Movie Stars and Sensuous Scars
Brown begins the book by telling the readers his personal stories. He recognizes that the best way to create a culture is to share individual experiences with others. The readers would find elements from their lives in the stories. Before he discusses the disability rights movement, Brown tells people his childhood experiences; his suffering from Gaucher’s disease, which makes others understand why he chose to fight for the rights of people with disability.
The author believes that persons with disability could still be healed if not cured. According to Brown, many individuals with invalidity are subjected to shame due to their status (Brown, 2003). They always feel uncomfortable about themselves. He talks of the disability culture and how it affects the invalid persons in the society. These people also seem to have a different kind of lifestyle, which is enhanced by their disabilities. This culture is the difference between the feeling of being alone and the practices that promote emotional, physical, and cognitive loneliness.
Humans should learn to accept differences and vulnerabilities. The culture seeks to make people tolerant to the unpredictability of life and smile no matter how bad their situation may be. Individuals with disability and the public around them need to embrace the difference between them and live together without any form of discrimination.
Without this culture, people with invalidity will always feel ashamed of themselves for not being like the others. The education depends much on long human history, the ability to make humor out of dire situations, and the general view of humanity. This concept is new, but proves to be the best path that when followed would help many disabled people come to terms with their conditions.
The invalidity culture advocates for more interdependence, than having the illusion that people are independent. It does not call upon individuals to have the same perspective on everything or about disability, but instead requires people recognize and value the different ways of living on earth. The various beliefs and perspectives of humans, including the handicapped, should also be respected.
In his book “Movie star and sensuous scars: Essays on the journey from disability shame to disability pride”, Brown discusses the culture in details (Brown, 2003). By first giving an account of his own experience, the reader realizes that the author is well conversant with the topic. The idea is to help the population appreciate and accept people with disability in their midst. The handicapped should be exposed to equal opportunities like the other people. The discrimination and stigmatizations should be stopped.
The disabled people are also called upon to leave their cocoons and socialize with the public. They should not be ashamed of whom they are; they are normal human beings who deserve to live life to the fullest.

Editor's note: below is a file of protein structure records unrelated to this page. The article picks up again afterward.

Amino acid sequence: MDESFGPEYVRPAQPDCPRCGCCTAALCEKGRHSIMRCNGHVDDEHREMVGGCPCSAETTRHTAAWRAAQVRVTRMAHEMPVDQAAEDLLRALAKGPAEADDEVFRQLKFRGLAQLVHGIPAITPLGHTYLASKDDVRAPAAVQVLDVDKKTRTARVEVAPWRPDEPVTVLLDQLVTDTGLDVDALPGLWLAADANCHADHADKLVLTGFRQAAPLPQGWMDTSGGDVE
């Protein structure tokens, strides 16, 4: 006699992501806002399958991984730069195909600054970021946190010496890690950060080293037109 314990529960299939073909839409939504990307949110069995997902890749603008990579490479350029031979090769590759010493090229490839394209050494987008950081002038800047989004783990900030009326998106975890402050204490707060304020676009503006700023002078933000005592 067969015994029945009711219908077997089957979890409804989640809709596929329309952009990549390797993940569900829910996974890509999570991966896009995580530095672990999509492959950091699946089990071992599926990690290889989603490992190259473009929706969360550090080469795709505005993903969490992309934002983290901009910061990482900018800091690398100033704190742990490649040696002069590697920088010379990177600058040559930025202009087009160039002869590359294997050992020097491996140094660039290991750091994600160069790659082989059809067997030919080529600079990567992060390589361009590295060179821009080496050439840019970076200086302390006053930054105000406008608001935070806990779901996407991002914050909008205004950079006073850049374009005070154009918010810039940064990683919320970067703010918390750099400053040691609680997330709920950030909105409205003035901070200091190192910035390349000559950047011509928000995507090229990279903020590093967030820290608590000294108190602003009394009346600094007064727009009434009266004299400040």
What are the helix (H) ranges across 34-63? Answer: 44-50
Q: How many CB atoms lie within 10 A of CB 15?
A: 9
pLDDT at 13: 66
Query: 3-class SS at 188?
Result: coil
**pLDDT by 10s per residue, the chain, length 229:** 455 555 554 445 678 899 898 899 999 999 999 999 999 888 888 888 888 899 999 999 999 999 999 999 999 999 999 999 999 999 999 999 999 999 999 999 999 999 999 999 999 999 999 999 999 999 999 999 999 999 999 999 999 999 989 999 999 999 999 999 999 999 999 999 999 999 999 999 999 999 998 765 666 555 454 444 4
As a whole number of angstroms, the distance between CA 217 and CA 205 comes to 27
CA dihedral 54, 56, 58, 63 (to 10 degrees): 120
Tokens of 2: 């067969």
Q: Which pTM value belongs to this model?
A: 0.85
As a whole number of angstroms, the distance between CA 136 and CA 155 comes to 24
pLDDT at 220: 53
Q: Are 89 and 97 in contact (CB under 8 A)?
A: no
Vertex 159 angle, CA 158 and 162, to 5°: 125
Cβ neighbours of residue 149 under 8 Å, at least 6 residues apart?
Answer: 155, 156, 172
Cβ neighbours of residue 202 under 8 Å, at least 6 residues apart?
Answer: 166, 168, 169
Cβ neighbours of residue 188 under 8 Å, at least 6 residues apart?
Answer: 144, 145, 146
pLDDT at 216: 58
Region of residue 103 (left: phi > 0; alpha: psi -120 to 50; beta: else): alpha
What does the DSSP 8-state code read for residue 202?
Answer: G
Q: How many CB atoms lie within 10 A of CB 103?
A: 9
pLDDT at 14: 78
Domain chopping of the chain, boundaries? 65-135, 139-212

The vulnerability and shame, experienced by the disabled people, could be solved. Some get wounded intentionally, while others are intentional. To achieve the journey from shame to pride, there must be a well-informed society, whose members have been taught to respect both the disabled and the “normal” people. The shame that the handicapped have been subjected to could only stop when they are helped to see that their condition is normal and that they are part and parcel of the society.
In one of the chapters, the reader makes humor of how one group envy the other. The assistance given to the disabled people could be a source of jealousy. Other individuals may see them privileged for being assisted. The disabled also see normal people as living a life full of privileges, so this makes them equal, but jealous of each other. He tells the story of an African- American woman who sees white people with a disability and her emotional response is intense. According to Brown, such reply shows how the concept of invalidity culture is powerful.
The notion of common pride came into existence with the formation of women groups and African-American culture. These groups championed for change by looking at what makes them strong and focused on that. The pride is attained when people recognize their weaknesses, accept them, and choose to have positive lives. The disabled humans’ culture is one of vulnerability and misrepresentation by the “normal people”, when they come together like other oppressed groups, then they could make the changes. Brown believes that the handicapped culture would be possible when the oppressed come together to make the presence and experiences known to the dominant group. The disability culture is formed when awareness is created, based on the shared experiences of the oppressed.
I agree with Brown on the fact that there is a need to create a disability culture. The easiest thing to change is oneself. When people with disability come together to celebrate their differences, others would recognize them and respect their existence. The disabled The disabled should not be scared of the society’s opinion, they are special they way they are, normal and talented like the others.
Brown’s own definition of the invalidity culture involves a formed group identity. The shared history of oppression brings people together to fight for better treatment from their fellows. The culture is created by the common history, literature, and music among other factors that help pass the message around. He further states that it involves the disabled feel proud for whom they are: people living with various types of invalidities. The disability is their identity and they need to be proud of it. This handicapped culture would help the disabled in the society find dignity in them and change their lifestyles.
Brown, S. E. (2003). Movie stars and sensuous scars: Essays on the journey from disability shame to disability pride. iUniverse.